Guest More than 1 year ago
I had no idea about this book until I had to read in my Honors Lit. class. The chapters are set up to where you have to keep going to remember the plot. You have to keep reading. The story is wonderful and I suggest you read it in about two days because of the story setup. This is a book worth reading.
Guest More than 1 year ago
This book was interesting.It teaches a good leeson about faith and love.In a state in Mexico,the church is outlawed.The priest has to run like a criminal.In fact a bandit who killed policemen a was hunted less than him.Although the priest is a good man,his conscience can not let him forget about his past sins.His guilt lead him to deticate his life to the church untill his death.Even though the church was a aware of his past sins,they still declared him a saint.
Guest More than 1 year ago
This is my all time favorite book and really conveys a wonderful message about the judgements of others and the inability to attain perfection - regardless of one's role in life. The priest in this story is one of the most well developed characters of any book I've read, and forces the reader to bestow compassion towards his plea. This novel helped me re-consider the judgements I once so commonly made about people... the author takes you inside the mind of a percieved saint and allows you to realize that he too struggles with internal conflicts.
Guest More than 1 year ago
i had to read this book for my ap lit class recently, and like the headline says, i actually enjoyed it. even though i'm not catholic (to tell the truth, i'm not even mildly religious at all) i enjoyed the book. halfway through, i even wished i knew more about the bible so that i could gain more from graham greene's book. i'm grateful to my teacher for having chosen this book to read. i'd say he has pretty good taste.
Guest More than 1 year ago
The story of a man who is the truest saint and the truest sinner at the same time. A profound perspective on faith and grace and human nature. It also exposes (weaved into the story) a little known episode of Mexican History in which Catholics were actually persecuted for their faith. Many shouted as they were executed, 'Long live Christ the King!' I recommend this book for anyone, religious or not. This interesting story helped me understand human nature better. I can't wait to read another of Greene's books! (Although I'm afraid they may not measure up to this one).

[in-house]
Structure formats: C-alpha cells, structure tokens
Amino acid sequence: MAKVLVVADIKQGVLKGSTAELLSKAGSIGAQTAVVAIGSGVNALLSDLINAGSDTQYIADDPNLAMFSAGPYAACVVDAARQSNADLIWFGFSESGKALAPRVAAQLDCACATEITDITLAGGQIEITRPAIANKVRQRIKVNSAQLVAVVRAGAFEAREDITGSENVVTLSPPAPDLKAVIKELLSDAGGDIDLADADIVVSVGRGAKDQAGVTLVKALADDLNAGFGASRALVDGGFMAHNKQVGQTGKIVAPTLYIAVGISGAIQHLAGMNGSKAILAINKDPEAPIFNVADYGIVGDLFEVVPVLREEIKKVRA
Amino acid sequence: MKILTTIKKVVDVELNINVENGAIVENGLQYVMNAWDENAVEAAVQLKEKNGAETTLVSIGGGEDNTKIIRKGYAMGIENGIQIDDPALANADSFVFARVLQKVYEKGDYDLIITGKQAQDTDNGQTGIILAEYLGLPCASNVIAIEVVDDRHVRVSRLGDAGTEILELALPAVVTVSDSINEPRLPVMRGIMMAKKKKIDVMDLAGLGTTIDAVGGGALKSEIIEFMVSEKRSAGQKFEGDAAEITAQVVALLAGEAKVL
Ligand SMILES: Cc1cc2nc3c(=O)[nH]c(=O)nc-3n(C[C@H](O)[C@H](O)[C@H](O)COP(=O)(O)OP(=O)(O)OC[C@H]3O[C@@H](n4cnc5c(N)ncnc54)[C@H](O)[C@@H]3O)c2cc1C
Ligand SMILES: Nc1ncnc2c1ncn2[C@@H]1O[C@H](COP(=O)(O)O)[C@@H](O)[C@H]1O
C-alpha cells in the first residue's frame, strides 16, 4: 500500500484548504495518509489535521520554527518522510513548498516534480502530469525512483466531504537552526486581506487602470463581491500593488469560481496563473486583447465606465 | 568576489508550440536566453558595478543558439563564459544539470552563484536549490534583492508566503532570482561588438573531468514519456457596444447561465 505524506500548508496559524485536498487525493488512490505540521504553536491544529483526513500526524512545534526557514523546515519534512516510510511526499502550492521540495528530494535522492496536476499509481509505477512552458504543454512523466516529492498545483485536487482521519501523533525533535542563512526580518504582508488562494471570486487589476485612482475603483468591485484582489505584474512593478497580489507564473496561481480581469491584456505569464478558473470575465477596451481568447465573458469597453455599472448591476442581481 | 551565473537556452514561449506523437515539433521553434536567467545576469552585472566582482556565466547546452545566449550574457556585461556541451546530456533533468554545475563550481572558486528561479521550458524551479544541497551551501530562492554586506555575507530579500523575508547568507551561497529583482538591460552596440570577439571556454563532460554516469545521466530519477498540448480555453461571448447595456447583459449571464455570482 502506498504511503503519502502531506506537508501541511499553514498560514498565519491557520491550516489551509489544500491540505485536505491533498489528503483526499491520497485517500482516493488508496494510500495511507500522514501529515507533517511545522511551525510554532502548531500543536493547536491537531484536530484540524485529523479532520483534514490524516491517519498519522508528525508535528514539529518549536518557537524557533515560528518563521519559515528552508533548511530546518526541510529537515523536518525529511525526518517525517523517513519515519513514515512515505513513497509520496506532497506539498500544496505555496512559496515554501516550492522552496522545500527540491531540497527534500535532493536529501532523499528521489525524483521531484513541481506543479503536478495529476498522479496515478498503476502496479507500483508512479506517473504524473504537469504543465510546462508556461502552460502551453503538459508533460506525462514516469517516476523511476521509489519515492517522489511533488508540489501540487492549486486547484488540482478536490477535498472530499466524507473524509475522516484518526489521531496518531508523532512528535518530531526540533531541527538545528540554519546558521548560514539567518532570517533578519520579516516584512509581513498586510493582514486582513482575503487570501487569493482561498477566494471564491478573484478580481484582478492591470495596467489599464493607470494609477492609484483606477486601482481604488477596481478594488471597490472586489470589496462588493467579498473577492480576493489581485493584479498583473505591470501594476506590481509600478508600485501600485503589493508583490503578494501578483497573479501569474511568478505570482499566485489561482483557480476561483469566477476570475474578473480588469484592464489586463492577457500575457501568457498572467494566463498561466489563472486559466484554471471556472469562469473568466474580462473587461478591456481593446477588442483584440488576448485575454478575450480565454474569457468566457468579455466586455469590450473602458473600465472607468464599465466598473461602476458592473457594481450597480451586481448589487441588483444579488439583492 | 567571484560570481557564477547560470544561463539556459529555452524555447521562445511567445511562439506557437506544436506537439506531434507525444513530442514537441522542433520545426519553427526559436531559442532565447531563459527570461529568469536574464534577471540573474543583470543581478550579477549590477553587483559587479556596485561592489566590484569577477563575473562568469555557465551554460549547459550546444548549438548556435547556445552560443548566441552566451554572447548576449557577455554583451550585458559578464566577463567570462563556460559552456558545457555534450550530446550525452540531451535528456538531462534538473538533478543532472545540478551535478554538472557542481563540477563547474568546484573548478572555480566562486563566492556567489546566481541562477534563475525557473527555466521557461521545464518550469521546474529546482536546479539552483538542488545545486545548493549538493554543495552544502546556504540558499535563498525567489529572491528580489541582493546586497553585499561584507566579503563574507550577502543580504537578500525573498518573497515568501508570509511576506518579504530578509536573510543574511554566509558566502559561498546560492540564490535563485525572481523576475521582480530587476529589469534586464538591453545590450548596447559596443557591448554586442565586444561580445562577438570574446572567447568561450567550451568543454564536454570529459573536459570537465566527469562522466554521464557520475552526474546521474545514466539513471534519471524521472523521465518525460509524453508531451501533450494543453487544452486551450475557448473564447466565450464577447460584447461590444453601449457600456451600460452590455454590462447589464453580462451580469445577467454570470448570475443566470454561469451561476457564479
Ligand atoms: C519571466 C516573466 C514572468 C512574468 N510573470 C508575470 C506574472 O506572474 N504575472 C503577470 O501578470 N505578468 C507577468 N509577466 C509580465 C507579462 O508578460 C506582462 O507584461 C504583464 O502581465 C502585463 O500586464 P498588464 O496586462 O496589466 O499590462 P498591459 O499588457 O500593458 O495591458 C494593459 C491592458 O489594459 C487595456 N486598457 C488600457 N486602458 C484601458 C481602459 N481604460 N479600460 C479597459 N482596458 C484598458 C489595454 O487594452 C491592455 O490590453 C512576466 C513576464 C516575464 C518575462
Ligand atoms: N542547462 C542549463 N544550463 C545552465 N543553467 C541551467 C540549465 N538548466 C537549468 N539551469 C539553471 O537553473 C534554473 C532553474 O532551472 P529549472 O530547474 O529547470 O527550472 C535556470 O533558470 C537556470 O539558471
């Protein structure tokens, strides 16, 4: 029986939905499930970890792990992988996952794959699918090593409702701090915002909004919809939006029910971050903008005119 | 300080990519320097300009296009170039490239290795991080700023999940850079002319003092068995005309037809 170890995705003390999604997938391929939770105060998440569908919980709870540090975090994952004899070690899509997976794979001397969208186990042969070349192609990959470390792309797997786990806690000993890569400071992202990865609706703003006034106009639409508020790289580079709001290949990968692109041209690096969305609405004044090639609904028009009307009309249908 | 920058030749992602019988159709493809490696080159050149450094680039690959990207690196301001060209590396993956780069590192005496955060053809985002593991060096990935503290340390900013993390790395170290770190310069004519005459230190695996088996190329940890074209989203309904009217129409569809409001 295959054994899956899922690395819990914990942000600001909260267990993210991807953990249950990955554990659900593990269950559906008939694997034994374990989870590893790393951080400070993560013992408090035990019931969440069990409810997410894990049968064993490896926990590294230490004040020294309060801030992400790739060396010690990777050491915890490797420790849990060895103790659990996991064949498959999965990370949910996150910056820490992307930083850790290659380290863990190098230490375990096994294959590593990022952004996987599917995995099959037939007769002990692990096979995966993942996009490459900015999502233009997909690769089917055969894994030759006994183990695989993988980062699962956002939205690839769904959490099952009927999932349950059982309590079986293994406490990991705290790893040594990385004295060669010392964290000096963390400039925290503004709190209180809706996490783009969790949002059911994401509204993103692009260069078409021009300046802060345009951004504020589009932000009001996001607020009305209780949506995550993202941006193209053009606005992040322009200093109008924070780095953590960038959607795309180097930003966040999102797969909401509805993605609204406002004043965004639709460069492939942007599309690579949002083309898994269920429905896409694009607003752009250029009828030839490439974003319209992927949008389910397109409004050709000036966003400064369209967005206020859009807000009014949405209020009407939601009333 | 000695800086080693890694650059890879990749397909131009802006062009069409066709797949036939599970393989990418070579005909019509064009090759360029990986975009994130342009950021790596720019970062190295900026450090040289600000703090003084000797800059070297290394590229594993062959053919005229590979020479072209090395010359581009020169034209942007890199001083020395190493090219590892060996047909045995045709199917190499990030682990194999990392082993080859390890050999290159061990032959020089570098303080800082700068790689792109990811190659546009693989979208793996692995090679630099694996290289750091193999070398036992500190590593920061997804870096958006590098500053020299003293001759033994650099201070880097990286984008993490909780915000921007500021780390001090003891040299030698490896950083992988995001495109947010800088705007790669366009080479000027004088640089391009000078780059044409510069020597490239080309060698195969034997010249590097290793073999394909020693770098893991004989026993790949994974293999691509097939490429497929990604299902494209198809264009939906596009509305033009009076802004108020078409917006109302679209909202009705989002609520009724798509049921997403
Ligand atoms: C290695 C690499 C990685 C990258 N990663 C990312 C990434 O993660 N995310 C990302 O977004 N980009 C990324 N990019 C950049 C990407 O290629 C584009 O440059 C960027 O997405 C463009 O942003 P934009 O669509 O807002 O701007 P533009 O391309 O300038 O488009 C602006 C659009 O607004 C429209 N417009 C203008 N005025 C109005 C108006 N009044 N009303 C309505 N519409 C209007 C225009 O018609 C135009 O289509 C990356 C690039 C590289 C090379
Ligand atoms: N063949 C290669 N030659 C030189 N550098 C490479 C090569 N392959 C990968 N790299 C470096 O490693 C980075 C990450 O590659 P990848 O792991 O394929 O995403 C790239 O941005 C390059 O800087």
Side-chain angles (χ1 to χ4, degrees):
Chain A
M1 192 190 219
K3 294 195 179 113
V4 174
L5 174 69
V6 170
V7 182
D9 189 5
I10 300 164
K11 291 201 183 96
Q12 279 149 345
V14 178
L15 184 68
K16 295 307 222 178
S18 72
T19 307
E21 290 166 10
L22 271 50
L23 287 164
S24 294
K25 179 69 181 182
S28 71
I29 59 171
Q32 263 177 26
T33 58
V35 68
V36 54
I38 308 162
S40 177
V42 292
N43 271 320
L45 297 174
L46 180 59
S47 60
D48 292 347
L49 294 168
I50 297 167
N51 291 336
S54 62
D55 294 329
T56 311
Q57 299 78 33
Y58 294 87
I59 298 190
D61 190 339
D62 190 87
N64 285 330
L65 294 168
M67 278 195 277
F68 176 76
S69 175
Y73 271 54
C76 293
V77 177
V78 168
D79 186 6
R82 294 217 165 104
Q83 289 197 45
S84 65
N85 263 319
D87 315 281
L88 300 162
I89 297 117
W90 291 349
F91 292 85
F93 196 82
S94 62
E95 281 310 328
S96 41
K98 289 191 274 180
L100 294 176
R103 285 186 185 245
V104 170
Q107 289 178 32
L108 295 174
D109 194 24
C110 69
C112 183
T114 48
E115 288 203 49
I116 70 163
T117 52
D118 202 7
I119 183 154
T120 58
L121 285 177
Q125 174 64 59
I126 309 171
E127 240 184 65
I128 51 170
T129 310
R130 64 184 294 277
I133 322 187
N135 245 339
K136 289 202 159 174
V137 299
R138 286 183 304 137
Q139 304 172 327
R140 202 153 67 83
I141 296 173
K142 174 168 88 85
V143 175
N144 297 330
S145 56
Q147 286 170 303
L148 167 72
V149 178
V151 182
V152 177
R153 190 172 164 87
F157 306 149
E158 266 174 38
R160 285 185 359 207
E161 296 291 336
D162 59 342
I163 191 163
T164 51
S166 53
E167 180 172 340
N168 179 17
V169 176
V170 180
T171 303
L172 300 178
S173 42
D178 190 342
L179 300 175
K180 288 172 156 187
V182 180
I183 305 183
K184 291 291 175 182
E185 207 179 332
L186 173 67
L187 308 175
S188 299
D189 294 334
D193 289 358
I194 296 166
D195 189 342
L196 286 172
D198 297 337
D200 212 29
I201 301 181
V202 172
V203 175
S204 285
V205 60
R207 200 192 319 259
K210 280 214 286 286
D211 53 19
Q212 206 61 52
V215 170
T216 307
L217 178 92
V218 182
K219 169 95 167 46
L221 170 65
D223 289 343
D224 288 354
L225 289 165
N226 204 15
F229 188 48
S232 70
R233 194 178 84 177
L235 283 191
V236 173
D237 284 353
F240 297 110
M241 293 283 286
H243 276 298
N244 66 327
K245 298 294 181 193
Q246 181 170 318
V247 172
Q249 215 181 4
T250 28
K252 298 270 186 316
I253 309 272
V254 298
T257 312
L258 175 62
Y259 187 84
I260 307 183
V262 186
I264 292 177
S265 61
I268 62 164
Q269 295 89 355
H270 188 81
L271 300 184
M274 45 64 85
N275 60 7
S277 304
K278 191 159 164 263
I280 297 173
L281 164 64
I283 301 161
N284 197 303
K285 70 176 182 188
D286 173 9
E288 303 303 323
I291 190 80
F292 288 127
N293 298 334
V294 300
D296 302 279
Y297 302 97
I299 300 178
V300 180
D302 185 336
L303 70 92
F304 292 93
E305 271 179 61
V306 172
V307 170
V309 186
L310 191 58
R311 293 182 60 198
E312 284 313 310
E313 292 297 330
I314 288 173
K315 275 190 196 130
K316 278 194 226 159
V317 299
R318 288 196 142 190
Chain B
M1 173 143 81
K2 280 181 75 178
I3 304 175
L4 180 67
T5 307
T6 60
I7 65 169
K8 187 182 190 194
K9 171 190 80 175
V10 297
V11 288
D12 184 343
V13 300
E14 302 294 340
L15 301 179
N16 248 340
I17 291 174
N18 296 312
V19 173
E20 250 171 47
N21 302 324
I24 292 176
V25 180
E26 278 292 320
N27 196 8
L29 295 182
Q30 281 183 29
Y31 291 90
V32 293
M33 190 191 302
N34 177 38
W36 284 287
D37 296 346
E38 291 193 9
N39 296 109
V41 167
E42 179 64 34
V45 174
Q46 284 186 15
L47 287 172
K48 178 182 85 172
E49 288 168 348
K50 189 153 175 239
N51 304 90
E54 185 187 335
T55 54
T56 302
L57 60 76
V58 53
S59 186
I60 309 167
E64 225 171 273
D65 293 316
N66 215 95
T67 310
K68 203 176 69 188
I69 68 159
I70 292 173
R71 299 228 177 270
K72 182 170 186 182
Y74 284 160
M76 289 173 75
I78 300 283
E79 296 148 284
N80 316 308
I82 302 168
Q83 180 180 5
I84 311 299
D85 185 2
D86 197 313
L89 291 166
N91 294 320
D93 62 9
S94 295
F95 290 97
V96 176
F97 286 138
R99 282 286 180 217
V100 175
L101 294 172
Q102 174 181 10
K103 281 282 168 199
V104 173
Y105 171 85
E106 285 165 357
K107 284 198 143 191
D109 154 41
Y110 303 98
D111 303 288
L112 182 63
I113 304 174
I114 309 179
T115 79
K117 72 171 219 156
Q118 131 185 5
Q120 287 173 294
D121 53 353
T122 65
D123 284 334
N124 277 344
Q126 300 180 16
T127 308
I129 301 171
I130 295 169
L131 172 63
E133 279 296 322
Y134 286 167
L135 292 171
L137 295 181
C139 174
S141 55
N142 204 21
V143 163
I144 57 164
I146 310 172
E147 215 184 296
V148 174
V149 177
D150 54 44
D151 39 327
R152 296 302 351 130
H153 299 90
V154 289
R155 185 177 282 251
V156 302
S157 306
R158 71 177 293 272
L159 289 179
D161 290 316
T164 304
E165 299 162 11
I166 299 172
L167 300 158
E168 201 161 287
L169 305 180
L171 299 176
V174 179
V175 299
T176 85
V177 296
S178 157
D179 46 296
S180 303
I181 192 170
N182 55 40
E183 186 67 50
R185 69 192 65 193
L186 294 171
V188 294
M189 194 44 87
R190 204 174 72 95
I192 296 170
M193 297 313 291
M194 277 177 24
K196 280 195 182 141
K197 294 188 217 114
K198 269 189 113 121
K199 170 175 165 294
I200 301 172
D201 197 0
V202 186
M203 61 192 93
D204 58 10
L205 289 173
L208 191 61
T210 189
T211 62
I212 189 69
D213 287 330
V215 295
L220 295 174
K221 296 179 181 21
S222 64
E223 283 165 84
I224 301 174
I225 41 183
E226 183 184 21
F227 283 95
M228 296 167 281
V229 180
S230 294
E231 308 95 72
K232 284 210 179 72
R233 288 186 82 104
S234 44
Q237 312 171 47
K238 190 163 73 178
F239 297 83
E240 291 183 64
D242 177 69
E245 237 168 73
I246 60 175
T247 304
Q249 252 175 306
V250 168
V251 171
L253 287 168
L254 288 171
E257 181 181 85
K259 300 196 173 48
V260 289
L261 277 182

Anonymous More than 1 year ago
Anonymous More than 1 year ago
Fantastic! I had to read this book for my college seminar class.  It was by far the best book we read all semester. I go to a catholic college and was dreading reading a book about religion because I thought that I wouldn't understand it (I'm not very familiar with Catholicism) However, I found my self wanting to read it again and again. It is life changing and so thought-provoking.  
Anonymous More than 1 year ago
Anonymous More than 1 year ago
ExiledNewYorker More than 1 year ago
The Power and the Glory is a well told, complex tale focused on a core moral dilemma. Green expertly weaves multiple stories in ways that surprise and move. It's a manhunt set in the context of the clash of differing fundamental truths, all made real by the flawed characters on both sides.
AbbyAK More than 1 year ago
This was one of Greene's early novels, one that came out of his own experience in Mexico. Set there in the 1930's when the Catholic Church was outlawed by the government, it is the story of the fictional "last" priest on the run in one of the Mexican states. But the book deals with many issues, and is not to be considered just a "Catholic" book. At the heart of it is man's search for meaning. Greene's prose alone is worth the read.
Anonymous More than 1 year ago
Anonymous More than 1 year ago
I highly recommend this book. It is very realistic. I wanted to like the priest, but nothing justifies certain actions. Good reading.
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Guest More than 1 year ago
The Power and the Glory is gripping from the outset, Greene is a master of mystery and suspense. Yet, as the story progresses, we see that it's not a mystery, as such. This is about a man's struggle with religion and with life. I'm not religious, but I couldn't help but relate to the poor 'Whisky Priest'. If you read this and get to the end, you will not be disappointed.
Guest More than 1 year ago
Definitely requires knowledge of Catholism to fully understand this book and to understand the symoblism
Guest More than 1 year ago
seems boring at first, but as you read on it becomes intriguing, and you get involved in the beautiful story.